Youth is not a time of life; it is a state of mind; it is not a matter of rosy cheeks, red lips and supple knees; it is a matter of the will, a quality of the imagination, a vigor of the emotions; it is the freshness of the deep springs of life.
Youth means a temperamental predominance of courage over timidity, of the appetite for adventure over the love of ease.
This often exists in a man of 60 more than a boy of 20. Nobody grows old merely by a number of years. We grow old by deserting our ideals.
Years may wrinkle the skin, but to give up enthusiasm wrinkles the soul. Worry, fear, self-distrust bows the heart and turns the spirit back to dust.
Whether 60 or 16, there is in every human being’s heart the lure of wonders, the unfailing appetite for what’s next and the joy of the game of living.
In the center of your heart and my heart, there is a wireless station; so long as it receives messages of beauty, hope, courage and power from man and from the infinite, so long as you are young.
When your aerials are down, and your spirit is covered with snows of cynicism and the ice of pessimism, then you’ve grown old, even at 20; but as long as your aerials are up, to catch waves of optimism, there’s hope you may die young at 80.
If I Rest, I Rust
The significant inscription found on an old key---“If I rest, I rust”---would be an excellent motto for those who are afflicted with the slightest bit of idleness.
Even the most industrious person might adopt it with advantage to serve as a reminder that, if one allows his faculties to rest, like the iron in the unused key, they will soon show signs of rust and, ultimately, cannot do the work required of them.
Those who would attain the heights reached and kept by great men must keep their faculties polished by constant use, so that they may unlock the doors of knowledge, the gate that guard the entrances to the professions, to science, art, literature, agriculture---every department of human endeavor.
Industry keeps bright the key that opens the treasury of achievement. If Hugh Miller, after toiling all day in a quarry, had devoted his evenings to rest and recreation, he would never have become a famous geologist.
The celebrated mathematician, Edmund Stone, would never have published a mathematical dictionary, never have found the key to science of mathematics, if he had given his spare moments to idleness, had the little Scotch lad, Ferguson, allowed the busy brain to go to sleep while he tended sheep on the hillside instead of calculating the position of the stars by a string of beads, he would never have become a famous astronomer.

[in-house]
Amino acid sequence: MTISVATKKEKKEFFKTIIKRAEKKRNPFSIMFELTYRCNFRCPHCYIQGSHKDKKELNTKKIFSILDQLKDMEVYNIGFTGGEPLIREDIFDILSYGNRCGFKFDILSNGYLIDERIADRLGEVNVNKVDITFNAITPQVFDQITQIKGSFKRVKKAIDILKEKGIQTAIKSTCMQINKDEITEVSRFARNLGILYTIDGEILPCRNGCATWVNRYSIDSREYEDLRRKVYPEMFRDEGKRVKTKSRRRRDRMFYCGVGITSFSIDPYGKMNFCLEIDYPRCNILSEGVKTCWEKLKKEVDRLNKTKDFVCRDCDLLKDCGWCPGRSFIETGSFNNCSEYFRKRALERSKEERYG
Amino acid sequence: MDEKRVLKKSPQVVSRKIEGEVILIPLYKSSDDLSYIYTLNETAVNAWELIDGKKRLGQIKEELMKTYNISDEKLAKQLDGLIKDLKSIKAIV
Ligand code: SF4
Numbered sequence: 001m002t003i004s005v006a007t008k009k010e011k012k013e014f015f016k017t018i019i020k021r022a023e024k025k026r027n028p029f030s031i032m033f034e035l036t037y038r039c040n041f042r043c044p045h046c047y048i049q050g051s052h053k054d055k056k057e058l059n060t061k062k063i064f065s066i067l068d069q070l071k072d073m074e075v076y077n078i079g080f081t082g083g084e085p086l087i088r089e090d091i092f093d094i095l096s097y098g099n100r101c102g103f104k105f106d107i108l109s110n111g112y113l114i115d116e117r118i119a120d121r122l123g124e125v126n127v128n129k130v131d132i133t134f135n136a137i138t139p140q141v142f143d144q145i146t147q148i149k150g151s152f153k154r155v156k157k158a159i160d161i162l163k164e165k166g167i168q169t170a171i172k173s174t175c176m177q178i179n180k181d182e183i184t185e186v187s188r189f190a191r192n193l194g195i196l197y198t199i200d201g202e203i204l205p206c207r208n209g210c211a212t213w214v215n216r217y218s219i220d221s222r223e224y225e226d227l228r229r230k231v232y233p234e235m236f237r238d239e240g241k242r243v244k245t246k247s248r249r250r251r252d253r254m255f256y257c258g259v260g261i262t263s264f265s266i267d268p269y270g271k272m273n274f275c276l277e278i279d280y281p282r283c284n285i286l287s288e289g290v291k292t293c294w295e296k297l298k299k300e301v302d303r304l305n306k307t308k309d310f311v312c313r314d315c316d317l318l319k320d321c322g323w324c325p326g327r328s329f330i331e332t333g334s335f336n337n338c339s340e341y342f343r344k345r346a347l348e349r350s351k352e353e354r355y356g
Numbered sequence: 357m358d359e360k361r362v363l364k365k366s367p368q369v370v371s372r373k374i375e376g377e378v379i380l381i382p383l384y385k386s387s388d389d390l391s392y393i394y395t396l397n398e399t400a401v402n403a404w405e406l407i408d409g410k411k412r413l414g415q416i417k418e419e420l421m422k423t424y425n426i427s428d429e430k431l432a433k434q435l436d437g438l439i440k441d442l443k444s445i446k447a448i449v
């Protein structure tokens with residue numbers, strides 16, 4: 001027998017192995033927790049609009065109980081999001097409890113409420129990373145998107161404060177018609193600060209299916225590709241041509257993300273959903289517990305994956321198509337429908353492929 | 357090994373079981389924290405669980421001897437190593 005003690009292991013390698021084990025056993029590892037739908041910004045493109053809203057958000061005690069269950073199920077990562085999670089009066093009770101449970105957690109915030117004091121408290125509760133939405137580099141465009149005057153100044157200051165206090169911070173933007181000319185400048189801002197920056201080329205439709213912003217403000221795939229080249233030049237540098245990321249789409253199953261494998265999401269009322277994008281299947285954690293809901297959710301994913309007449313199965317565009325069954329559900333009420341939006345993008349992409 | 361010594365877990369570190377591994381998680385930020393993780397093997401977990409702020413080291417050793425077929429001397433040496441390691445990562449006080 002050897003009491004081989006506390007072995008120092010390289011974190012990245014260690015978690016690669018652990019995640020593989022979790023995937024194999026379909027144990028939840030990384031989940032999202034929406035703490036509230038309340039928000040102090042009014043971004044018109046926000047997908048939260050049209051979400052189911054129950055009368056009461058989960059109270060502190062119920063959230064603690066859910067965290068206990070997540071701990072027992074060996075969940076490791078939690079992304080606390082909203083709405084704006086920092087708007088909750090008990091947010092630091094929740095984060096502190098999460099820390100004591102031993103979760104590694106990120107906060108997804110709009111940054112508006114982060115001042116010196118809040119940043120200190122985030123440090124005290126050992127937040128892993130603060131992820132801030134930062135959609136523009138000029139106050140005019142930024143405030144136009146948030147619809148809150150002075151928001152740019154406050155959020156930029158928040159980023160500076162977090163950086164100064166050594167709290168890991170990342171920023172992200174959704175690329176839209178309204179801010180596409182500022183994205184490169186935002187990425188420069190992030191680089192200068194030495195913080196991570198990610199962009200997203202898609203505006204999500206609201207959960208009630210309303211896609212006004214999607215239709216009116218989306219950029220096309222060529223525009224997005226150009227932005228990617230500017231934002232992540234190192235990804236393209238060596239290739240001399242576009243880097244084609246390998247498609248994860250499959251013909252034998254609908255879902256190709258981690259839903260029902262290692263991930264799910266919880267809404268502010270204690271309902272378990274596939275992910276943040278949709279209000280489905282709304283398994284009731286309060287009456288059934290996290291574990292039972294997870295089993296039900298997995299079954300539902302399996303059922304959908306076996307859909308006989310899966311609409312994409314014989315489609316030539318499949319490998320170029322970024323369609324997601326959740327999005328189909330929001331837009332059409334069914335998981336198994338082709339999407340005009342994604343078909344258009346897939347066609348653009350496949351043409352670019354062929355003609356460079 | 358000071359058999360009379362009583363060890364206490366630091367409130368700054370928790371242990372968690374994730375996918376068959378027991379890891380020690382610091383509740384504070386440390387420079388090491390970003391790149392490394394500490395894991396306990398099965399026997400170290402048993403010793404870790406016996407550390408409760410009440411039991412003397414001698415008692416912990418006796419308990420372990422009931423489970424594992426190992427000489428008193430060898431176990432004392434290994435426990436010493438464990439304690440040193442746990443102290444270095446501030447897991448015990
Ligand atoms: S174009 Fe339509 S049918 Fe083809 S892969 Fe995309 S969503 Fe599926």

Labor vanquishes all---not inconstant, spasmodic, or ill-directed labor; but faithful, unremitting, daily effort toward a well-directed purpose.
Just as truly as eternal vigilance is the price of liberty, so is eternal industry the price of noble and enduring success.
What I Have Lived For
Three passions, simple but overwhelmingly strong, have governed my life: the longing for love, the search for knowledge, and unbearable pity for the suffering of mankind.
These passions, like great winds, have blown me hither and thither, in a wayward course, over a deep ocean of anguish, reaching to the very verge of despair.
I have sought love, first, because it brings ecstasy---ecstasy so great that I would often have sacrificed all the rest of my life for a few hours for this joy.
I have sought it, next, because it relieves loneliness---that terrible loneliness in which one shivering consciousness looks over the rim of the world into the cold unfathomable lifeless abyss.
I have sought it, finally, because in the union of love I have seen, in a mystic miniature, the prefiguring vision of the heaven that saints and poets have imagined.
This is what I sought, and though it might seem too good for human life, this is what---at last---I have found.
With equal passion I have sought knowledge. I have wished to understand the hearts of men. I have wished to know why the stars shine.
And I have tried to apprehend the Pythagorean power by which number holds sway above the flux. A little of this, but not much, I have achieved.
Love and knowledge, so far as they were possible, led upward toward the heavens. But always it brought me back to earth.
Echoes of cries of pain reverberate in my heart. Children in famine, victims tortured by oppressors, helpless old people a hated burden to their sons, and the whole world of loneliness, poverty, and pain make a mockery of what human life should be.
I long to alleviate the evil, but I cannot, and I too suffer.
This has been my life. I have found it worth living, and would gladly live it again if the chance were offered me.